On Thu, 01 Aug 2002 18:09:30 GMT, Art Burke <firstname.lastname@example.org> wrote:
>Just wondering how teachers feel about children learning their >multiplication, division, addition, and subtract facts by wrote? > >Are students encouraged in school to learn them by wrote, or are >teachers allowing children to count on the fingers and calculators >these days? > >This is not a loaded question. I'm trying to finish a project with >encourages rote learning using orals methods and the computer. >
If you're not already here, you should come out to California in the Spring. That's when the annual State Mathcounts competition is held, one at Davis, the other in Southern Calif. I'd recommend coming to the Davis event as Northern California is usually the region that produces the California students who go on to the National levels.
What's interesting about the Davis event is that at the end of several hours of testing, the top 16 out of 150, or so, contestants go up on stage for a head-to-head competition.
While on stage, the students are paired off and have to quickly answer oral questions. Like the old college-bowl days, the contestants are frequently buzzing in before the MC is finished reading the question.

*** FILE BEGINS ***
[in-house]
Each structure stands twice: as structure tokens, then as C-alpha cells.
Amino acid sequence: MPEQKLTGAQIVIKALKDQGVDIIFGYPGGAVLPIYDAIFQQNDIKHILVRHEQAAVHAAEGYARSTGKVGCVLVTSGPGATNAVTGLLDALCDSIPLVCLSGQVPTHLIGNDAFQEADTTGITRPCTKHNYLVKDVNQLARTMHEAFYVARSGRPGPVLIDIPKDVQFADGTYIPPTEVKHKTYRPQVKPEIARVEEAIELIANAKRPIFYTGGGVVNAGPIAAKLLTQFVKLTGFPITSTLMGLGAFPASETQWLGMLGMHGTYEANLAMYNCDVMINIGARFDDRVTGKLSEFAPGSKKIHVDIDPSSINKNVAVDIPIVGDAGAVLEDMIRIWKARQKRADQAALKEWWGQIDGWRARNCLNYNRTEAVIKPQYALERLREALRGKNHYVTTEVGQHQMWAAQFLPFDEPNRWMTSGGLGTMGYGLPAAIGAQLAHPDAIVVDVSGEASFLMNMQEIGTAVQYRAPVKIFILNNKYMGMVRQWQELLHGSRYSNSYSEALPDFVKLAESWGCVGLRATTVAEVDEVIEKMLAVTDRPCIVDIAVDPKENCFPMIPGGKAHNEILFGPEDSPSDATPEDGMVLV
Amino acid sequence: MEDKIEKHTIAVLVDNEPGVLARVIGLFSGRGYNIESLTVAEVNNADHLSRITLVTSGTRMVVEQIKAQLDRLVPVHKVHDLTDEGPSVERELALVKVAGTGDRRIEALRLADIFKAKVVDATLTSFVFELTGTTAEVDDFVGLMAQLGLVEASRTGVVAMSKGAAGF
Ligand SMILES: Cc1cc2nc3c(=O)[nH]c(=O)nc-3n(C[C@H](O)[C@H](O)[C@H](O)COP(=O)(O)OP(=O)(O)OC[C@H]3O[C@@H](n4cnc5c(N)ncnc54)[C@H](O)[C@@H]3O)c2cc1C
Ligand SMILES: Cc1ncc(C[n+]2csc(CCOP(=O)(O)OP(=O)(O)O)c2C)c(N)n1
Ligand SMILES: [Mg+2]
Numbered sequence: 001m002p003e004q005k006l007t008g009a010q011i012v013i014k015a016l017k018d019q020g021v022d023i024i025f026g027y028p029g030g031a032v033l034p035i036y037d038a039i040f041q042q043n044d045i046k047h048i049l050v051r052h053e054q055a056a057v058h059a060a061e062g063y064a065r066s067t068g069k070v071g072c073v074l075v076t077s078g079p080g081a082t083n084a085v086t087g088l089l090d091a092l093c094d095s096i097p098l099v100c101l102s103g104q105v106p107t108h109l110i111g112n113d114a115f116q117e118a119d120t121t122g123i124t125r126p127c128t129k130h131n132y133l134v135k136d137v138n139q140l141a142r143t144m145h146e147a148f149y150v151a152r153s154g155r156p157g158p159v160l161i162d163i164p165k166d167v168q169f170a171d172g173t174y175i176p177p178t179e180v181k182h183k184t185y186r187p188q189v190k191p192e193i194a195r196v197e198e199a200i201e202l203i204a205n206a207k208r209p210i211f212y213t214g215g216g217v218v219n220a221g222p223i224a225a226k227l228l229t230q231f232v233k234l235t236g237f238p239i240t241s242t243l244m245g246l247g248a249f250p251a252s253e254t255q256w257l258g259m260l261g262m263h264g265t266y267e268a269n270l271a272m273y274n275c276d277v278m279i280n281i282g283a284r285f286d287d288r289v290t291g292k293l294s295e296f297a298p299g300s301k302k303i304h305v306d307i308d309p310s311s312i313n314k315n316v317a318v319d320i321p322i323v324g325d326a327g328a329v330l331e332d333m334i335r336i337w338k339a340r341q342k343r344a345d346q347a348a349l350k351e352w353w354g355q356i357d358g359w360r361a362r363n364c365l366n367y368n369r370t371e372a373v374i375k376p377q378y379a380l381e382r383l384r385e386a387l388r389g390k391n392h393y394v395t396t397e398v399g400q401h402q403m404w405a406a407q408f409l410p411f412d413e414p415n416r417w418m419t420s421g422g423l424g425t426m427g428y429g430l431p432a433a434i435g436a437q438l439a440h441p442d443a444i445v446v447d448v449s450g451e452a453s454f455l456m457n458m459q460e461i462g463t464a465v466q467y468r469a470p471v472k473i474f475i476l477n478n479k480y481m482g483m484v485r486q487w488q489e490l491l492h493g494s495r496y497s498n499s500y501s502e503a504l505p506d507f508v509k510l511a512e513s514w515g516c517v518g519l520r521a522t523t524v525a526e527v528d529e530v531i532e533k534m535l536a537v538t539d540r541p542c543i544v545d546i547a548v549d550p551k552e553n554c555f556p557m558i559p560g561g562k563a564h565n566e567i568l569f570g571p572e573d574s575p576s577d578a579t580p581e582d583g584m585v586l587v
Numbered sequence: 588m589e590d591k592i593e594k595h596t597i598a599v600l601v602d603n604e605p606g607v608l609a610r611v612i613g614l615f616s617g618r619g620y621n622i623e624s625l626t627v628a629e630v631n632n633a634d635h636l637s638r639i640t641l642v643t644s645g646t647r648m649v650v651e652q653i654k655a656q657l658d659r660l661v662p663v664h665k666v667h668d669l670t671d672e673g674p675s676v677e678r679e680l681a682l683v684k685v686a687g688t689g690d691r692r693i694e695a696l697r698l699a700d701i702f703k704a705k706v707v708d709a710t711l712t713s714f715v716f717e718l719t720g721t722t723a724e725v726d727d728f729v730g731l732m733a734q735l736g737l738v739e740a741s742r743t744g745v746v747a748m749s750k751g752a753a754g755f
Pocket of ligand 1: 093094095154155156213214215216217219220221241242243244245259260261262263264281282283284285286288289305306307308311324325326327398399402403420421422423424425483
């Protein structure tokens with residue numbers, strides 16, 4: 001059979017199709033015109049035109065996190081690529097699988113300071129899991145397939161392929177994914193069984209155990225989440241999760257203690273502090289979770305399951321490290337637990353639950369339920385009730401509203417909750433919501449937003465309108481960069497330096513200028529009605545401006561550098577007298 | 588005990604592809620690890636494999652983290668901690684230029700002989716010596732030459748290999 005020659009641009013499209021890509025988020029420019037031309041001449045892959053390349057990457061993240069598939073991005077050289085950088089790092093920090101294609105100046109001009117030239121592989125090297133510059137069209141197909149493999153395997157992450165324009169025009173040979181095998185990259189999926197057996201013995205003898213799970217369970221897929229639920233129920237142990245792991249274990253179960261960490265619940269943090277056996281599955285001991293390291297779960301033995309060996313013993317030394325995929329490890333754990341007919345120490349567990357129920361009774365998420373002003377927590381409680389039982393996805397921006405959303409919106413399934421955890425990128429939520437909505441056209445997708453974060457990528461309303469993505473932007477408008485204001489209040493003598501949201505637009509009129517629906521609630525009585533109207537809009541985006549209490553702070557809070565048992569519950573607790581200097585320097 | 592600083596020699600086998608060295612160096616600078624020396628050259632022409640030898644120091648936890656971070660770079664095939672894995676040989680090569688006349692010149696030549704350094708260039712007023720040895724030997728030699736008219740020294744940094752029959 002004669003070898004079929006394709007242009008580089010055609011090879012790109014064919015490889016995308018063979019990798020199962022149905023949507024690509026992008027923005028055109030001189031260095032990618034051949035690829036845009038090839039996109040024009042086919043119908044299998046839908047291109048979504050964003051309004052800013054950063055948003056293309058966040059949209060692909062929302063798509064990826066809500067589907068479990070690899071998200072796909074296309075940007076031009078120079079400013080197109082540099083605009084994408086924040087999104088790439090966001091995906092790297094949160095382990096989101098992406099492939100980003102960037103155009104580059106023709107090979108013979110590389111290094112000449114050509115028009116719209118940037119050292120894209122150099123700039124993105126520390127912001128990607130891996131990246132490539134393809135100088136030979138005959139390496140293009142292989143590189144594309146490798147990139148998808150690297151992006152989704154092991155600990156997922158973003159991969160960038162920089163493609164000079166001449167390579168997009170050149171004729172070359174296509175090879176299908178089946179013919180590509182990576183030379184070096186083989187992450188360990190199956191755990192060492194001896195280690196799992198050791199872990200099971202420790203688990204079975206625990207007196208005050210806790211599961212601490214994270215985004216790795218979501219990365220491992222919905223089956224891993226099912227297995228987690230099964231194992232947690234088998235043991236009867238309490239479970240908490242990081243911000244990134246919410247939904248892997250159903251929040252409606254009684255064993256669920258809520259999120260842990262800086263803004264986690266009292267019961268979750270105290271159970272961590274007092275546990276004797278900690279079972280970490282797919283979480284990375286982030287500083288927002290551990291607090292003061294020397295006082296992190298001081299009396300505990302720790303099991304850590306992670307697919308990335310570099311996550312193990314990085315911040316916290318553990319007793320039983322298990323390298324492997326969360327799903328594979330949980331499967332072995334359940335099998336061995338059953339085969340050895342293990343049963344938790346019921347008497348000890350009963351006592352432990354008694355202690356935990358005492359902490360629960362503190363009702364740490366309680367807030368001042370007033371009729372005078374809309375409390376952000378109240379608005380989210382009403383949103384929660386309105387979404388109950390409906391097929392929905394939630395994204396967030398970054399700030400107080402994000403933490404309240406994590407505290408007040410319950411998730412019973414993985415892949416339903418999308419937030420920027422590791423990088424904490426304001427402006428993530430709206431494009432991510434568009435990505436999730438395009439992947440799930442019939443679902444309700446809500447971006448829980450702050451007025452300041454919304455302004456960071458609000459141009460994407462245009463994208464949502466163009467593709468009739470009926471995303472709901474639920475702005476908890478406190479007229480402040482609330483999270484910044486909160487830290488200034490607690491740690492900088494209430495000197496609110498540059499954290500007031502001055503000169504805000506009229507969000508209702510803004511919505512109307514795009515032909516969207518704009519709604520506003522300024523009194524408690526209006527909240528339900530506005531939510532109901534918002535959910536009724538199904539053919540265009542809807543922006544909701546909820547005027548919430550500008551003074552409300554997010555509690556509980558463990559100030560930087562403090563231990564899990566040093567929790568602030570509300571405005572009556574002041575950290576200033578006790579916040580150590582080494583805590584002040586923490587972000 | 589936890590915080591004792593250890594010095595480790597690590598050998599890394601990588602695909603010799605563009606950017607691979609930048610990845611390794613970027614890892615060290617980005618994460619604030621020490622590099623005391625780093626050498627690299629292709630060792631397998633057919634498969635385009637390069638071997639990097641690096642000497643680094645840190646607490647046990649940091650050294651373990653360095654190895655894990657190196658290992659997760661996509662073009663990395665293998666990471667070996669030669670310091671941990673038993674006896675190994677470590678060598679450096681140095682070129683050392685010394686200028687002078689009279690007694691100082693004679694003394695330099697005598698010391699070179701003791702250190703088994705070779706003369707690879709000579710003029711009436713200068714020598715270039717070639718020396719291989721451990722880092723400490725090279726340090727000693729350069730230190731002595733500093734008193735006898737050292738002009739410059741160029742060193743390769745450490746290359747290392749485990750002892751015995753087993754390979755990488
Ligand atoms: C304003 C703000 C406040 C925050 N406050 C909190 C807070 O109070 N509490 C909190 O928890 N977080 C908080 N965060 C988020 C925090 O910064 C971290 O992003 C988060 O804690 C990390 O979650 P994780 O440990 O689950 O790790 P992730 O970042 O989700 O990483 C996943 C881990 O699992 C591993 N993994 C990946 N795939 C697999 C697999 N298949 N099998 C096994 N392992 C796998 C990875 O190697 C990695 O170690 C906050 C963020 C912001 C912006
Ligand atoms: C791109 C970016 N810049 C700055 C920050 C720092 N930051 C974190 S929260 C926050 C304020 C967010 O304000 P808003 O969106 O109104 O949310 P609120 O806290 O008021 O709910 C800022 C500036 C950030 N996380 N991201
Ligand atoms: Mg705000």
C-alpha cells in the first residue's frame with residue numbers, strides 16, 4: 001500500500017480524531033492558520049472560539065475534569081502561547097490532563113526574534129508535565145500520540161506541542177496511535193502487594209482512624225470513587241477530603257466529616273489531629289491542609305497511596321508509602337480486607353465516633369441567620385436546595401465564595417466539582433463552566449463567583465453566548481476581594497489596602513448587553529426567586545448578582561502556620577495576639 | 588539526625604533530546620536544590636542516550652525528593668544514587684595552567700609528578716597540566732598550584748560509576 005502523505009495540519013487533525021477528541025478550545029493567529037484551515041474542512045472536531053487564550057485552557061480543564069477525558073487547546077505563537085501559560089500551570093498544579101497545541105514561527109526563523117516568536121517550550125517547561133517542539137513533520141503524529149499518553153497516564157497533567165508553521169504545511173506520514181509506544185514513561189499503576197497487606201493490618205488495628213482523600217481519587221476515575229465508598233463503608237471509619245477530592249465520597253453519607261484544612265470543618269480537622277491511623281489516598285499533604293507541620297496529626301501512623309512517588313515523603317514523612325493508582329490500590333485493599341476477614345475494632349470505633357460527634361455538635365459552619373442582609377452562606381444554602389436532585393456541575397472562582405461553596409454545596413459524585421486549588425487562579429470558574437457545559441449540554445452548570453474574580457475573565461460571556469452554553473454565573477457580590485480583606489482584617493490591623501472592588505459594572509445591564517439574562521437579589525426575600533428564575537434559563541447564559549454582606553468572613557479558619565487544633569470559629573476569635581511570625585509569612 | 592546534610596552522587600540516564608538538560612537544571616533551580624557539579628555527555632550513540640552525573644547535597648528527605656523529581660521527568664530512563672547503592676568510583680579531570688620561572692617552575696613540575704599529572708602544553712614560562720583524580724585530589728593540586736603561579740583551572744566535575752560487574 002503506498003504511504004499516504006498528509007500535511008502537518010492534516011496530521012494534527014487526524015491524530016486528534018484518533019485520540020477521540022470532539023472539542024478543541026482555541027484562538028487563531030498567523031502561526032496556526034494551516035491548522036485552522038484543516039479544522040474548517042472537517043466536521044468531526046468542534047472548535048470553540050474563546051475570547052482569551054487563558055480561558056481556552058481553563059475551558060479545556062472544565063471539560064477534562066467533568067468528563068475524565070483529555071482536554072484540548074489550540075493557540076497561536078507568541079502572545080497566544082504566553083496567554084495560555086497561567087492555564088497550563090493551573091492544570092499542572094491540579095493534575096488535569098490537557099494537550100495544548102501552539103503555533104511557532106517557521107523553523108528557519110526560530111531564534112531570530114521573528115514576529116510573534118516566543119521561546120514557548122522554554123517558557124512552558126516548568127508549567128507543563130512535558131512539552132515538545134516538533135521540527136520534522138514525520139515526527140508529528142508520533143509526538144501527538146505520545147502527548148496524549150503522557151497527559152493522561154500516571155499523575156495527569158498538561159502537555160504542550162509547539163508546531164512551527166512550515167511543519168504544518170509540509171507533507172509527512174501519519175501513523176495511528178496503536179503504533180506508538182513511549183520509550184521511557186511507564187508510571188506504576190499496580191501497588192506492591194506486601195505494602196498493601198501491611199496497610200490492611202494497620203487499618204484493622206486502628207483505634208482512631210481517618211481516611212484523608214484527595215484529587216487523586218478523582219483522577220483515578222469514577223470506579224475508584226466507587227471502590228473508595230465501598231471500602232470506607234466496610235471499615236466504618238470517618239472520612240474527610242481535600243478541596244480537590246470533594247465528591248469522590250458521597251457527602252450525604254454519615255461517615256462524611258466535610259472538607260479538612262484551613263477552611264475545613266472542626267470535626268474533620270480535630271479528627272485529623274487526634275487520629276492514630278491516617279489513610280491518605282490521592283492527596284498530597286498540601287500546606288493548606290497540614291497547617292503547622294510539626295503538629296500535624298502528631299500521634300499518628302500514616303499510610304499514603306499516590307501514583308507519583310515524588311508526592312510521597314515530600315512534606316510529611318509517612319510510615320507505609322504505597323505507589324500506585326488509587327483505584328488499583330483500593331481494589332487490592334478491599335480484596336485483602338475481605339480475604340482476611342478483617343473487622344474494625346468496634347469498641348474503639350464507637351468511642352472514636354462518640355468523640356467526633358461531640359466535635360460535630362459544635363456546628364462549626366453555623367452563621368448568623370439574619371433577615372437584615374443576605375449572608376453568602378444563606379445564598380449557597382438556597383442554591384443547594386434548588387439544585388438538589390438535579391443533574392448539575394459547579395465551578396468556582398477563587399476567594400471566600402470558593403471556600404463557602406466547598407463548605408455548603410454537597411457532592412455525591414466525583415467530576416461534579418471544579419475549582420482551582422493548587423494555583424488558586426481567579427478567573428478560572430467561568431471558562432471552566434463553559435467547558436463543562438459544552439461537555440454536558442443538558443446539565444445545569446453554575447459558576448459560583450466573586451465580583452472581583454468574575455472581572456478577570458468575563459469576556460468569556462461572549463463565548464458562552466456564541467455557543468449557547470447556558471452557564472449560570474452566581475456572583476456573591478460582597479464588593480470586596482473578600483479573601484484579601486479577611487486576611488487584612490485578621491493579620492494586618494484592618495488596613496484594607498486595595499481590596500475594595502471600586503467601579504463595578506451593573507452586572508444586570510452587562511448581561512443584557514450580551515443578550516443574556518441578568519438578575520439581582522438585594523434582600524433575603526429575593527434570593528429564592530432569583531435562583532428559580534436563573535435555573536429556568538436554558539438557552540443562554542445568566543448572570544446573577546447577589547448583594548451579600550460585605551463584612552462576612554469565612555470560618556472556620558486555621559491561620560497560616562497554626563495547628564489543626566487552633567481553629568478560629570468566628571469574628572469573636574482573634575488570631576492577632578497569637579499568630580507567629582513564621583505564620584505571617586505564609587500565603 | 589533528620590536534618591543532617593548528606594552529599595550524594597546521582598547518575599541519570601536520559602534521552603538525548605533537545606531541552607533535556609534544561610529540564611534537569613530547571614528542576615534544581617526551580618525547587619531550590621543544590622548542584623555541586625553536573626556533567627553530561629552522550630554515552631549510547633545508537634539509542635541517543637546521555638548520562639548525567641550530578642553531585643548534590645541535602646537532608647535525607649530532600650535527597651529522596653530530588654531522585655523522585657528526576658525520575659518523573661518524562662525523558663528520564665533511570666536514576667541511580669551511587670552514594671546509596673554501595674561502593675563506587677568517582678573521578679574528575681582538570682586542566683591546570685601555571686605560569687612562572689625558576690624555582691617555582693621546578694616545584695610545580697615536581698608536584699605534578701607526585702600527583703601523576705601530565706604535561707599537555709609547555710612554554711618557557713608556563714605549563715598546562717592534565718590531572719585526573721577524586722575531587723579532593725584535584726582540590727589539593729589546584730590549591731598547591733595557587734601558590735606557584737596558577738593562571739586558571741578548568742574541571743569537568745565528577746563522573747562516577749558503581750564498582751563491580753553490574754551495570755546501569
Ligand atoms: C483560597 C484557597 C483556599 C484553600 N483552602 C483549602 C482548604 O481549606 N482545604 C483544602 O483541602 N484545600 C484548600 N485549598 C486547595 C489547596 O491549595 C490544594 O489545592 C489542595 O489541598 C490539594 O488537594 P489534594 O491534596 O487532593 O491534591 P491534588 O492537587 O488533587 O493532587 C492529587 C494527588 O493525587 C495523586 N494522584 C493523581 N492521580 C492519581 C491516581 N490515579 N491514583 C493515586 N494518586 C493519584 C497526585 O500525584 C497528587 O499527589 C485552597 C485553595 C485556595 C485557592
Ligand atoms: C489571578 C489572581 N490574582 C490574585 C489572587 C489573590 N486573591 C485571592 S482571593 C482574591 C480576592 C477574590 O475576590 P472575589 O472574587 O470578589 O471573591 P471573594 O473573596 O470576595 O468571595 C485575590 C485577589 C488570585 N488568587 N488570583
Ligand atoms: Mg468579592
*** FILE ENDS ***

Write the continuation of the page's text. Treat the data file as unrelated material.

The top contestants stone-cold know not just their basic math facts and algorithms, they've also mastered all the basic math formulas covered in introductory math classes up through geometry, as well as a significant number of squares, primes, and cubes. These students are 6th to 8th graders. That web of knowledge, enables them to not just knock off the gimmes such as "What is the sum of the first 100 odd numbers?", it enables them to quickly attack problems that require a deep insight into the nature of numbers.
I've worked with bright children for 7 years now and remember one student in particular. The student is extremely bright but when we first met, couldn't accurately answer 9*8 or accurately do simple sums. The student would correctly perceive how to handle a difficult, multi-step problem, but half the time, the answer would be wrong due to not knowing 6*5. The student initially waved away the issue as not important because "I understand the concepts involved..." I pointed out that the score for that problem at competition would be zero as there's no partial credit. It didn't sink in until we went to the Mathcounts competition at Davis. At that point, the student understood that not only are there a lot of very bright kids out there, a lot of them have been working their tails off and do know what 6*5 is as well as "understand the concepts involved..."
To summarize what this rant has been - basic arithmetic facts are important at the highest levels of performance. But they're only a part of the story. Curiousity, dilligence, inventiveness play a huge role. A well educated elementary student will not only know their math facts, they'll also know how to draw, make music, be a team-member on a sports team, write a story, read a book, create a story out loud, be able to talk to people - both peers and adults. It's a web of knowledge - no strand less important than another.